Welcome to my third blog post! So far I have got almost 300 different visitors to my site, thank you all for reading and spreading the word. To celebrate this milestone I have got myself a logo and name for the blog. Special thanks for logo for my friend Lasse Ursin, who also provides the cool graphics of this blog post.
Since starting the blog I have completed my internship at Ynsect in France and returned to my native Finland. I have some interesting insect-related projects coming up, but nothing official yet. My thesis work is also moving forward, I think I’m about in the half way now. The title keeps on changing, at the moment it is Risk Management in the Supply Chains of Human food and Animal feed Entomology Farms. One interesting topic I came across with when doing research on insect farming is the reasoning why certain insect are more suitable for farming than others. Here is what I found out.
Which insect species to farm for human food?
There are over six million insect species in the world and over 1000 are used as a food source for humans. There is so much to choose from, so how to find the best options? There are many ways to approach the question, but for this blog I have chosen to take the businessman view and see which species can be farmed effectively and in large scale.
First of all the chosen insect must be phytophagous, meaning that they feed on plant-based food. Entomophagous insects, meaning that they are feeding on other insects, are very hard to farm and make a profit in the same time. This is because even though there have been many attempts, entomophagous insects have not been successfully farmed on factitious prey meaning that to farm them, also the prey insect must be farmed. This leads to a situation where two insects are farmed, but only one can be sold.
The second step in the cutting out the options is answering a set of questions. Some of these questions are given in the book Mass Rearing of Beneficial Organisms.
Body size: The insect should have reasonably large body size because the insects that are sold for human food or animal feed are sold in weight (sometimes entomophagous insects that are reared for pest control are sold in numbers). The larger the size the easier they are to control during the rearing process.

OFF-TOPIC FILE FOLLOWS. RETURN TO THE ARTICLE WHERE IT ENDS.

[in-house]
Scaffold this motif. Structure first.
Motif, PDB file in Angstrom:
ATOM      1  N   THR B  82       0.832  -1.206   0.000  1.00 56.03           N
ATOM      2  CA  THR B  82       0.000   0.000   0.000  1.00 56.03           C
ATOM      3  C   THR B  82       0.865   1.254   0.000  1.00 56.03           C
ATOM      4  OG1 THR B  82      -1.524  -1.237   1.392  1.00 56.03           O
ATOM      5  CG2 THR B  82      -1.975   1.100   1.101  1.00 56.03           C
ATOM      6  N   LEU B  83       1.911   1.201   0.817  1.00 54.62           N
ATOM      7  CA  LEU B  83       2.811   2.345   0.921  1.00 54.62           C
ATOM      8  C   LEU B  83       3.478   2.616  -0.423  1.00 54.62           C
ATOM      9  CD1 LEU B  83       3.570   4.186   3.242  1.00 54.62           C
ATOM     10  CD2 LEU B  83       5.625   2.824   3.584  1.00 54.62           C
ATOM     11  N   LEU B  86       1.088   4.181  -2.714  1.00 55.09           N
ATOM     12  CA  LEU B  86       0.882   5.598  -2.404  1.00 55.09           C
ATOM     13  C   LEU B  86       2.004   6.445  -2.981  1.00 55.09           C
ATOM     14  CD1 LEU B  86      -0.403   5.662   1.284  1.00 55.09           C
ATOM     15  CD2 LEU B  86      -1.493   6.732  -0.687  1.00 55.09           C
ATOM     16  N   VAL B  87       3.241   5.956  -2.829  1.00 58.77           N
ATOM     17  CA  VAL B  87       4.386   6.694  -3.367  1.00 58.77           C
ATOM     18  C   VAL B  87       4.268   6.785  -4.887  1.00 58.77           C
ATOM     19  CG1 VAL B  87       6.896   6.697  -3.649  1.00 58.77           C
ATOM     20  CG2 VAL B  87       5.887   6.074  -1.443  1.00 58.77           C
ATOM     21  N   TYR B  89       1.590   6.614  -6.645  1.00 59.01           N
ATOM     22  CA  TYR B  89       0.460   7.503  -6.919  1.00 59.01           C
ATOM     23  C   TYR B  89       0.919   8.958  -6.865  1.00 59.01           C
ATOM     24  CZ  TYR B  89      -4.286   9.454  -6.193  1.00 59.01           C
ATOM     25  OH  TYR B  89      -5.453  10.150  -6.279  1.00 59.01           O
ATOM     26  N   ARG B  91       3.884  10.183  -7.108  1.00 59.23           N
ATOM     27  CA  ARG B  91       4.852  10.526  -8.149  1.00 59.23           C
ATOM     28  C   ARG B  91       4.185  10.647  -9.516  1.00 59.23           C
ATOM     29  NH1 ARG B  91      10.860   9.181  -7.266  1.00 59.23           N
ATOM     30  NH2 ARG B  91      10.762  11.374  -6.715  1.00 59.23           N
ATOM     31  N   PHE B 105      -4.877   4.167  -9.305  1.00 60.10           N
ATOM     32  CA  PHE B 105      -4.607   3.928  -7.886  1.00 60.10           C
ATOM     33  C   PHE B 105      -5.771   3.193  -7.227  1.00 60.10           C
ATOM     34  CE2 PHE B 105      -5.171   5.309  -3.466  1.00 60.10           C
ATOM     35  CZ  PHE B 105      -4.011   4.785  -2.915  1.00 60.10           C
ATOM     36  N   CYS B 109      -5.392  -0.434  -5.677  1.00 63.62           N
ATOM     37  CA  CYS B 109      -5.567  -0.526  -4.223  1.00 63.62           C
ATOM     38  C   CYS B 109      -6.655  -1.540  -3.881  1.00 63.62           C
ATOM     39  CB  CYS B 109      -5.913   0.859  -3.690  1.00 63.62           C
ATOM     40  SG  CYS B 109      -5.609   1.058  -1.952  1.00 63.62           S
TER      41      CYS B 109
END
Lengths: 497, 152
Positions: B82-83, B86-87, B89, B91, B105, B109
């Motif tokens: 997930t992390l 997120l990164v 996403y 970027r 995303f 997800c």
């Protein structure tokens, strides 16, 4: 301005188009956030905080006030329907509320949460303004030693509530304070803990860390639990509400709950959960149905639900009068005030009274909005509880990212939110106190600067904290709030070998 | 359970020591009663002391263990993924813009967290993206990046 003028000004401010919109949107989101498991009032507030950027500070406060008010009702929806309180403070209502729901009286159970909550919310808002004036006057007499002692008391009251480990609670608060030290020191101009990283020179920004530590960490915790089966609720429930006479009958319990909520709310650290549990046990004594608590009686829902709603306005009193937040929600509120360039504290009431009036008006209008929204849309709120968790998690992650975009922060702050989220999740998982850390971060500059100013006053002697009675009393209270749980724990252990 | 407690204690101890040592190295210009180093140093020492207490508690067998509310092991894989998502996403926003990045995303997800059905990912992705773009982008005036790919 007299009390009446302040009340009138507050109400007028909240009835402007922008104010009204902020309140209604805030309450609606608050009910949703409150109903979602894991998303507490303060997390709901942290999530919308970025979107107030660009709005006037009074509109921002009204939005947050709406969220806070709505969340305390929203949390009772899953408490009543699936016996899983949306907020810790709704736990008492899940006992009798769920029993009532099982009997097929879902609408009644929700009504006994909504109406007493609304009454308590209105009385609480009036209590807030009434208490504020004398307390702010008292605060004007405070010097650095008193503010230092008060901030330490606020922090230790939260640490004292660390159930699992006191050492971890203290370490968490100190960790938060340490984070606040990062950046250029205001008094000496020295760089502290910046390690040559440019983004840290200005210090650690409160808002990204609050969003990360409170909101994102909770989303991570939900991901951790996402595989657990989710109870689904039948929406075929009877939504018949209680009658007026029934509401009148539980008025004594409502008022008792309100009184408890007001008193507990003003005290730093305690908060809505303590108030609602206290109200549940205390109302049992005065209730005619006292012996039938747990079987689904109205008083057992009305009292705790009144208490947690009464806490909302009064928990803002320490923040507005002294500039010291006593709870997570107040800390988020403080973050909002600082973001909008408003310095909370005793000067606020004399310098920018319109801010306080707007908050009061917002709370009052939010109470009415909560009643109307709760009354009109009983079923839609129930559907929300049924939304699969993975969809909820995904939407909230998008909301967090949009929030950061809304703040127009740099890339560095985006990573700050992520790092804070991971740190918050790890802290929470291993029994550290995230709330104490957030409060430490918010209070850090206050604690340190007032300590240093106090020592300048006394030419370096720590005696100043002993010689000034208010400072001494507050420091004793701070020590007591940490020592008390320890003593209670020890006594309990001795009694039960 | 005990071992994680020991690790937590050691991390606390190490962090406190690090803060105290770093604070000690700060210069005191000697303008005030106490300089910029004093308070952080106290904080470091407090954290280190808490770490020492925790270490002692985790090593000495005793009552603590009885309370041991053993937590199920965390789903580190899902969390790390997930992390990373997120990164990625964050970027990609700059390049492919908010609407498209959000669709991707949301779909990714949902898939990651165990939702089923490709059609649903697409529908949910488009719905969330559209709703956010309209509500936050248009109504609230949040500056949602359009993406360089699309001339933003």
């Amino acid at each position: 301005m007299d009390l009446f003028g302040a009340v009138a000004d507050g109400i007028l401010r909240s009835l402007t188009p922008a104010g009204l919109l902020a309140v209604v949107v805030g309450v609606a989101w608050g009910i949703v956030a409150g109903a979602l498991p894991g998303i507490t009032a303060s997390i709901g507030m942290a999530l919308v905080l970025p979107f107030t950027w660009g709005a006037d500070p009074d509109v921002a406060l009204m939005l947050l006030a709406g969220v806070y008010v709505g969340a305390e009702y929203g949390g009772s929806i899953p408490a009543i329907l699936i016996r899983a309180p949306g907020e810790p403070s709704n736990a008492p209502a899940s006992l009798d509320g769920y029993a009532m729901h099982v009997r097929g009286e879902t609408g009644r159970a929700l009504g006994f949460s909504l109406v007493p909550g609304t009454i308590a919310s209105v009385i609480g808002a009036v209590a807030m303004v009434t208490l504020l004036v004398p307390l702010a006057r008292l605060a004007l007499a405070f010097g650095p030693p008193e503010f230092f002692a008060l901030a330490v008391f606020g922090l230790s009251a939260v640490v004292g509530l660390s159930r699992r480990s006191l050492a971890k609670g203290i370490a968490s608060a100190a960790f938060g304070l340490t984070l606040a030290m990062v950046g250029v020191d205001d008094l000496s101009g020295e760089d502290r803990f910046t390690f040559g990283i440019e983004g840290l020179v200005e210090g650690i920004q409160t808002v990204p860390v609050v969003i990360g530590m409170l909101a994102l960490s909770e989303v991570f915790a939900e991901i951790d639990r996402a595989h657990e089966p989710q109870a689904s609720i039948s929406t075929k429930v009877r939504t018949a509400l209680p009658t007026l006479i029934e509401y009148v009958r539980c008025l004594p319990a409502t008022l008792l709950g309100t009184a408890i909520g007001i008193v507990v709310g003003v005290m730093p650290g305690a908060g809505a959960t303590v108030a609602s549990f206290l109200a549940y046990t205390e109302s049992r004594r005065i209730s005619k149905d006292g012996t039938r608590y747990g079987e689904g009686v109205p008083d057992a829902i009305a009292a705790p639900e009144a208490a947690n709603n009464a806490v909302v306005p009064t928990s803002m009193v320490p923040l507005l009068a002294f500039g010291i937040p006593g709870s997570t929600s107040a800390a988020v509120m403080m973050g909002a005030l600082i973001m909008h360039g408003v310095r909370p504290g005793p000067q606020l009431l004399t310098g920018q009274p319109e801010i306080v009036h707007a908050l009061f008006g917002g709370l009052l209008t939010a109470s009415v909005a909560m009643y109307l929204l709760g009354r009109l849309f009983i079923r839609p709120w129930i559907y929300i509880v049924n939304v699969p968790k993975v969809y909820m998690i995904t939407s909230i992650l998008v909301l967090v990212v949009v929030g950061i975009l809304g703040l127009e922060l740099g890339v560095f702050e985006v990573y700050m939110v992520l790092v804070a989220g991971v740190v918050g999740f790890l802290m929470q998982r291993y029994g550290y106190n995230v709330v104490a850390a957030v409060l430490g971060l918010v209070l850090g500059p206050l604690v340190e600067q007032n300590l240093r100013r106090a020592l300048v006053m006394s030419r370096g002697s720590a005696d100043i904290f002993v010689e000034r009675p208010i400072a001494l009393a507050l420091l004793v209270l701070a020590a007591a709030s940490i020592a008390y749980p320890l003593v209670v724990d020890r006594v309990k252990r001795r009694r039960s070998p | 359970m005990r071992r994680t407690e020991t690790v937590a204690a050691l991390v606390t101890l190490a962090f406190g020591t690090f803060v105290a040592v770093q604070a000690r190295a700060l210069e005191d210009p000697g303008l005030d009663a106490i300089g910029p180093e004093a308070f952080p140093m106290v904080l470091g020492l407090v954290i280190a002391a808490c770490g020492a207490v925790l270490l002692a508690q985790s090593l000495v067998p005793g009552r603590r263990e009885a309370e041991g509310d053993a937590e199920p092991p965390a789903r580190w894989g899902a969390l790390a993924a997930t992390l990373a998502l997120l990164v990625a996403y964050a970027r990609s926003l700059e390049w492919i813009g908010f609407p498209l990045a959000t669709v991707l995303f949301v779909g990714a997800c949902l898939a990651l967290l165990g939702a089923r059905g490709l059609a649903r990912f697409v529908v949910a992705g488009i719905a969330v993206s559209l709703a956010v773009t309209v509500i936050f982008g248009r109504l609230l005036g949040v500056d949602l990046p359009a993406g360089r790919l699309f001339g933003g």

Easy to culture: This is something quite obvious, but what makes a species easy to culture? The main reasons making culturing easy are: Available studies on the insect, availability of the insect itself, simple living environment, simple eating habits and low level of manual work on the upkeep of the farms living conditions.
High rate of reproduction: This is one of most important questions and related to the body size point. There is no use of having a species that are large in size if they are very slow breeders. High rate of reproduction gives also security against unexpected rise in mortality rates as the population can regain the required level fast. Also answering to rising market demand is easier.
Not significantly cannibalistic and high tolerance for diseases: Even though the insects must be given an environment that resembles their natural environment, they most likely will be living in more dense populations than in nature. Some insects will react to high density populations by starting to eat each other. This will cause losses to the farmer and fights against the animal welfare (see blog no 1). The dense populations increases also the risk of diseases and for this reason high tolerance is necessary.
Feed conversion ratio and feed: The feed conversion ratio tells how much of feed is needed to gain certain amount of biomass. The lower the ratio is the less feed needs to bought and stored. Unlike the farmed mammals, insects are poikilothermic that means that they are able to use most of their energy for growing, not for heating the body. This gives insects better FCR than cows and pork for example. There are variations between the insects as well, but the FCR of a certain insect depends on what the feed actually is. If the food has high nutrient values, a small amount is enough.
This brings us the last point of possibility to feed on organic waste streams. If the species can be fed on organic waste the cost of production will be reduced, but it brings up multiple questions. Is the waste high and consistent in nutrient values and is it risk free? If the consistency is not guaranteed, the already difficult production planning becomes more complicated because the consumption of feed cannot be forecasted. Already today a lot of waste streams are used in beneficial way, for example for the production of biofuel. How nutritious the waste that is available for free or very cheap actually is when major part of the “good” waste is already used somewhere else? There are few companies doing production on waste streams, would be interesting to hear what they have to say about this!
Few insects that fit the given criteria are house fly, coldling moth, silkworm, mealworm, black soldier fly and house cricket.